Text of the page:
Re: [isabelle] Lifting variables in theorem
On 02/02/2014 05:27 AM, Makarius wrote:
On Sun, 2 Feb 2014, Jeremy Dawson wrote:
Although you say "No", you seem to be agreeing with me that a theorem
in Isabelle2005 is associated with a global background context (type
"theory") and not a local proof context (type "Proof.context") (I
take it that this is the same thing as a "proper context").
Yes, type thm has a back-reference to some background theory. This is
its certificate in the sense of the LCF kernel. It is not a proper
context. (Better forget functions like "the_context" that might still
be in one of your ancient Isabelle versions.)
In contrast, a proper context has type Proof.context, and is separate
from type thm. When you work with formal entities (typ, term, thm) in
Isabelle/ML, they implicitly "belong" to a ctxt: Proof.context. The
context is required for all non-trivial operations: parsing, printing,
advanced proof tools.
If you don't have a proper context, that's bad, but there is no
problem to get one. Just make your ML function depend on ctxt:
Proof.context, and propagate the context you get from the Isabelle
framework, e.g. in commands like 'method_setup'.
(As usual I am speaking here of current Isabelle versions, lets say 5
years back in time, but not 15 or 20.)
More importantly you seem to regard things from the 1990-ies as
really ancient. While that may be so in the context of computer
hardware, it's not so in the context of mathematical proofs. The pen
and paper mathematical proofs I did in the 1970s are still 100%
useful today, and that's the way I want it to be.
So how about your Isabelle98-style ML tactic scripts in Isabelle2005
in this respect? Are they really proofs in any sense of the word?
Can anybody read them today, lets say without struggling days or weeks
to make Isabelle2005 run on current systems?
Whether they are proofs is a question which others might debate, and
have done so, at least since the proof of the four-colour theorem, if
not before. Whether they can be read today (without running them on an
Isabelle system) - with only the greatest of difficulty. They're to be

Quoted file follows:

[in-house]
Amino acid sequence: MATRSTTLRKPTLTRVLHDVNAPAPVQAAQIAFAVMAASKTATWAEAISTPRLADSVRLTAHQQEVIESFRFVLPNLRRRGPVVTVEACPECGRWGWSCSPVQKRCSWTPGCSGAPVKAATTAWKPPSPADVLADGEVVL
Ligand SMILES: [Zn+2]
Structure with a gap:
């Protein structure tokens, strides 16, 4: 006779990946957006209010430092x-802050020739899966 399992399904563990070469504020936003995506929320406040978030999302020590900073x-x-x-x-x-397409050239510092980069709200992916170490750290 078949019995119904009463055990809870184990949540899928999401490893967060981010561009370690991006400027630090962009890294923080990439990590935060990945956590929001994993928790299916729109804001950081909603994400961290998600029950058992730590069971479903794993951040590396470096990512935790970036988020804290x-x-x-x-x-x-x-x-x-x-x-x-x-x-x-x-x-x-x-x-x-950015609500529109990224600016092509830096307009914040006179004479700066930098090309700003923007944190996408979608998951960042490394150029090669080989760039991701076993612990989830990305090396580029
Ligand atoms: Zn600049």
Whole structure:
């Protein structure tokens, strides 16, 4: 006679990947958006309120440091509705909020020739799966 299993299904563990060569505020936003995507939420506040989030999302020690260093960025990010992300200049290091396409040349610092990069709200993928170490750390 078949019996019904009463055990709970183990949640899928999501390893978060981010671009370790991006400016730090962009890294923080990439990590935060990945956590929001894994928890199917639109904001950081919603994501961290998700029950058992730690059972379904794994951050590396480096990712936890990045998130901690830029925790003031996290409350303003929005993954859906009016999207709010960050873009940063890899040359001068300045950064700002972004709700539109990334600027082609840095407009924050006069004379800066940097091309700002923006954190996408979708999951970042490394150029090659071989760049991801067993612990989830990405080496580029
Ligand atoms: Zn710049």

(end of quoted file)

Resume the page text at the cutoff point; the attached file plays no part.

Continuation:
run on an appropriate system. Reading their source is more difficult
than a document in LaTex or HTML, easier than a document in PostScript
or PDF. And I can read (on the computer) documents dating from 2005 in
all of these formats without "struggling days or weeks to make [the 2005
versions of interpreters of those languages] run on current systems".
My whole point is that it should NOT be difficult for anyone to run
proofs today which were written in 2005 (or, indeed, much earlier).
And of course if I were to write out _all_ the steps of the proofs I've
done recently, whether in Isar, or any other language without (eg)
TRYALL (EVERY' [ ....]) there would be hundreds of thousands of lines of
code, so no-one would read it anyway, so I don't actually see what your
point is in asking whether anyone can read my proofs. Isar proofs
wouldn't (and, within reason, couldn't) be read either.
The Proof.context was introduced shortly after Isabelle98 in order to
support structured proofs in Isar. Later it turned out as generally
useful concept, so after 2000 or so, more and more tools became
context-aware. That made a big difference: before there was unsure
tinkering with free and schematic variables by hand, never being sure
if they could clash with other variables from the environment;
afterwards things actually started working reliably.
I'm not clear what the problem is that you are describing but it doesn't
sound like anything I have issues with in my work.
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